If there's any other reason for a slight drop in traditional card-giving it's the bad mood this terrible economy has put the collective nation in. The Seattle Times reports this season's shaping up as a "ho-hum year" for cards in general. A number of retailers, including Walmart and Target, are seeing drops in card buying.

Still, I think the reason traditional Christmas Card buying has not fallen off as much as I thought it would have is that it's still a part of the Christmas shopping rush. Buying cards just goes with shopping at stores, so the fun, social aspect of Christmas Card shopping will be with us for years to come.

Thank God.

Dems Susan Sarandon, Tim Robbins split - political power couple

When I read that Susan Sarandon and Tim Robbins separated after 23 years together, my thoughts immediately turned to their two decades of liberal political activism. The Democratic power couple was particularly active during the 2008 Presidential Campaign.

Here's Susan Sarandon talking about Sarah Palin at Boston University in September 2008, when she says that Palin's views are "worrying" and would set the woman's movement back. She also quoted actor Ed Harris, who said Palin "would be a really large footnote in the annals of moose hunting". Saradon also expresses her thoughts on the media's coverage of politics.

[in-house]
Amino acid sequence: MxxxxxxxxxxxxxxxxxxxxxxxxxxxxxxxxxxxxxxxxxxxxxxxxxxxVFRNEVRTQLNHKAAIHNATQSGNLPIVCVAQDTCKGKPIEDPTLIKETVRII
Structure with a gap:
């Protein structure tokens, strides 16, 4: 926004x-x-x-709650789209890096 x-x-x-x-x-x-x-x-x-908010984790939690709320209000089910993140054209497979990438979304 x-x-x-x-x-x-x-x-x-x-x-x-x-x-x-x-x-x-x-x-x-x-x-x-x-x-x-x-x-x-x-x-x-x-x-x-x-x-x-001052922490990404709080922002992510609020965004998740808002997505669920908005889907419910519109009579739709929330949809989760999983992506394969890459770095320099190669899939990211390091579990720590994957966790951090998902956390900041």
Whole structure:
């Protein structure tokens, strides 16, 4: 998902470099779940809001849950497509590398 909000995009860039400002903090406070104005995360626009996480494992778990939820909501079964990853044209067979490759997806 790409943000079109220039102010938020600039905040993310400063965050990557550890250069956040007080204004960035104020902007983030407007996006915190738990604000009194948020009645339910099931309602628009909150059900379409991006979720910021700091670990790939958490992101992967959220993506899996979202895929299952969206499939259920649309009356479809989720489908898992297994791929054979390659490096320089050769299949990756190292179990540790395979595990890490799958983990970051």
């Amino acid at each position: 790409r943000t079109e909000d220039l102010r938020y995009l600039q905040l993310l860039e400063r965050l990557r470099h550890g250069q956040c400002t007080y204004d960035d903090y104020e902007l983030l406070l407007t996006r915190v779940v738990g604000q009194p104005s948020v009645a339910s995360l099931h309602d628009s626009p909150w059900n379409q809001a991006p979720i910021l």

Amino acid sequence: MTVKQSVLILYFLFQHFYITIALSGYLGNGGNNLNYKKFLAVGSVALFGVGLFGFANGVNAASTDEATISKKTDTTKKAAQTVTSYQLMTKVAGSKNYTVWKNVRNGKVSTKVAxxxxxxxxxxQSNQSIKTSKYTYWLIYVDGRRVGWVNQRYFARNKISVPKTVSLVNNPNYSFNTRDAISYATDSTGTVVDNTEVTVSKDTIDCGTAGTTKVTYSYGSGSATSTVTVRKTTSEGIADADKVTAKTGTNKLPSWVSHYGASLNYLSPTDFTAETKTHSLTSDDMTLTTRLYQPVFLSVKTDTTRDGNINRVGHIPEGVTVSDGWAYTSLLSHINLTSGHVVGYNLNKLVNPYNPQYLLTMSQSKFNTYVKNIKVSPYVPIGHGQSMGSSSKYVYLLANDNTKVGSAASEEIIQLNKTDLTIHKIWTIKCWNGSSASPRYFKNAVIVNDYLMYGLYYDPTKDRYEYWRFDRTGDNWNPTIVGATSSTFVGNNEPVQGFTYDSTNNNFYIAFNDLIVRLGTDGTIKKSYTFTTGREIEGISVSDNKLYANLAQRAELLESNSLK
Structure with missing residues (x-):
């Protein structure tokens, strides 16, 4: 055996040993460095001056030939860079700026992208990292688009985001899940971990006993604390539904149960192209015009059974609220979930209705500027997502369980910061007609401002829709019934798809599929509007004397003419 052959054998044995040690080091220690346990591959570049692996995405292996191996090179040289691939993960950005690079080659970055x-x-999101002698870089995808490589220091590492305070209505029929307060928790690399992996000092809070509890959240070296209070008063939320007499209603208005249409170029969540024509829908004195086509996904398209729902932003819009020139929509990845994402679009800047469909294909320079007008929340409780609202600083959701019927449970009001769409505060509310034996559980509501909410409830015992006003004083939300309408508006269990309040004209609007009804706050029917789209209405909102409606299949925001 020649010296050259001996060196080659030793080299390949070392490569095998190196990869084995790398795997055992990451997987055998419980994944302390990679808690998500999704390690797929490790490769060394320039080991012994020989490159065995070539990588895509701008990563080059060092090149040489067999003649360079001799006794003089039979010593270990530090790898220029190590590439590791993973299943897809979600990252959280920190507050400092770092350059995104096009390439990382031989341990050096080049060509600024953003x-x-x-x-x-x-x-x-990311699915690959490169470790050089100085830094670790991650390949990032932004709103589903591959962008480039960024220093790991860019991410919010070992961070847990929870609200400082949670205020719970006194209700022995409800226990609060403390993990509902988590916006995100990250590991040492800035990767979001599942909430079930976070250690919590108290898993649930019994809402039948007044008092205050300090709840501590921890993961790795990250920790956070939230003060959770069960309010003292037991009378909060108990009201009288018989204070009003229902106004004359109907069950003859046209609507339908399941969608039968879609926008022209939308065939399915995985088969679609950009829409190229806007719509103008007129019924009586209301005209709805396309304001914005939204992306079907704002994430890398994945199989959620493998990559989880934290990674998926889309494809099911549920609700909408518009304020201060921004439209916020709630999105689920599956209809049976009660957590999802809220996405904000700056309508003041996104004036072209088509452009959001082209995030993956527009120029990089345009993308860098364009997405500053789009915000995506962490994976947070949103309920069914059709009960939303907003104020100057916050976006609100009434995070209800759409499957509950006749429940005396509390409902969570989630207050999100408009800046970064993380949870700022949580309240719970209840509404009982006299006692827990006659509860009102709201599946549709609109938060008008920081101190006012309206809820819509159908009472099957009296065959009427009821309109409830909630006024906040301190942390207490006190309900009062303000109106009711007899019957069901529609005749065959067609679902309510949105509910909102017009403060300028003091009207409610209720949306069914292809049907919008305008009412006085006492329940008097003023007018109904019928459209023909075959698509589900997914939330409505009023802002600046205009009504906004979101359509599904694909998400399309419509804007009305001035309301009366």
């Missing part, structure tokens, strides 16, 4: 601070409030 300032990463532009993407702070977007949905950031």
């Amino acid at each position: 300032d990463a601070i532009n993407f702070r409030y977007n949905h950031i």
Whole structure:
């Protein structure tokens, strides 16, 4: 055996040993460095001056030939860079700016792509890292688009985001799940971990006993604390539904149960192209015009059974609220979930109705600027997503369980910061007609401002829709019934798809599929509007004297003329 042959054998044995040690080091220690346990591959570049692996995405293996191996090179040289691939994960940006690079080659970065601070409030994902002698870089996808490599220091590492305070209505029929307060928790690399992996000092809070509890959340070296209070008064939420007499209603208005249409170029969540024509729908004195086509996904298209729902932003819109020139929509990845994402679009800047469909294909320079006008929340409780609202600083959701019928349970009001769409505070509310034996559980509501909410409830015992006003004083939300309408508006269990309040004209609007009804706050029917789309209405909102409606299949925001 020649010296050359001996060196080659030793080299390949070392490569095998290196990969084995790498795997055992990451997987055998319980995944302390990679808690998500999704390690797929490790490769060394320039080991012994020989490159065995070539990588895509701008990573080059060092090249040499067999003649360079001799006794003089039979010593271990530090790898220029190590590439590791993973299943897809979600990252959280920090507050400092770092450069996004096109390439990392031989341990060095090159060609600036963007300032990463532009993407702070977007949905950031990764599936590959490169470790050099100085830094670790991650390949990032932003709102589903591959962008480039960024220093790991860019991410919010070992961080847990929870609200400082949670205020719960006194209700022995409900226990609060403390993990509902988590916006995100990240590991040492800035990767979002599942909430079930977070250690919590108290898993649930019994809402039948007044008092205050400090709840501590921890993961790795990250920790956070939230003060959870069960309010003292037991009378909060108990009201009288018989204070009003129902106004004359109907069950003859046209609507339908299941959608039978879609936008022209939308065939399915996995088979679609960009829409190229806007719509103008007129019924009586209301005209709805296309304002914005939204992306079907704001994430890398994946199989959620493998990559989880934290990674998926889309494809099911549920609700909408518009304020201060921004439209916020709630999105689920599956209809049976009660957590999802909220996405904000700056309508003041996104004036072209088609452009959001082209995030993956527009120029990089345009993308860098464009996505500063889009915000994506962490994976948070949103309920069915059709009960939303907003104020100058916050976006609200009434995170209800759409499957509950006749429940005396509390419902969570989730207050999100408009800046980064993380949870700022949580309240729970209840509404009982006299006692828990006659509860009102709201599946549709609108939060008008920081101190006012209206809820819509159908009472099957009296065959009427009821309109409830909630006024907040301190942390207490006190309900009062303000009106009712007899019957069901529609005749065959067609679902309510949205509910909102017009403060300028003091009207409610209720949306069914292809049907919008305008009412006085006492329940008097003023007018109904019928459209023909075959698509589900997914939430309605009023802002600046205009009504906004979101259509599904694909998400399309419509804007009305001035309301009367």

Tim Robbins was no less involved in political commentary and activism. In this video originally provided by, Robbins appears on Real Time with Bill Maher and really gets after Steve Hayes, who tried to claim a connection between al-Queda and Saddam Hussein. Tim Robbins got the best of him:

Robbins: "You're partly responsible, you could start with an apology. You wrote a book saying there was a connection Saddam Hussein and al-Qaeda."

Hayes: "You want to know why I wrote that book? Because there was a connection Saddam Hussein and al-Qaeda."

Maher: "No there wasn't.

Robbins: "You can lie a thousand times—it doesn't make it true."

But when I think of Susan Sarandon and Tim Robbins, this photo comes to mind. It says it all. I saw it in January 2008 during the New Hampshire Primary and added it to

I found this photo on Flickr, with this explaination:

Tim Russert died on June 13, at the age of 58. He was photographed while covering a house party for presidential primary candidate, John Edwards, in Bedford NH on the eve of the NH primary in January 2008. Elizabeth Edwards speaks to Tim Russert. Also pictured are Matt Lauer, Tim Robbins and Susan Sarandon.

He really enjoyed getting out there it seems. Russert will be missed.

This is sad news. I really enjoyed seeing them in action, together.

A Festivus For The Rest Of Us (Video Bloggers) at Mediaite

Yahoo, MySpace,
Metacafe, DailyMotion,, Sclipo
and Viddler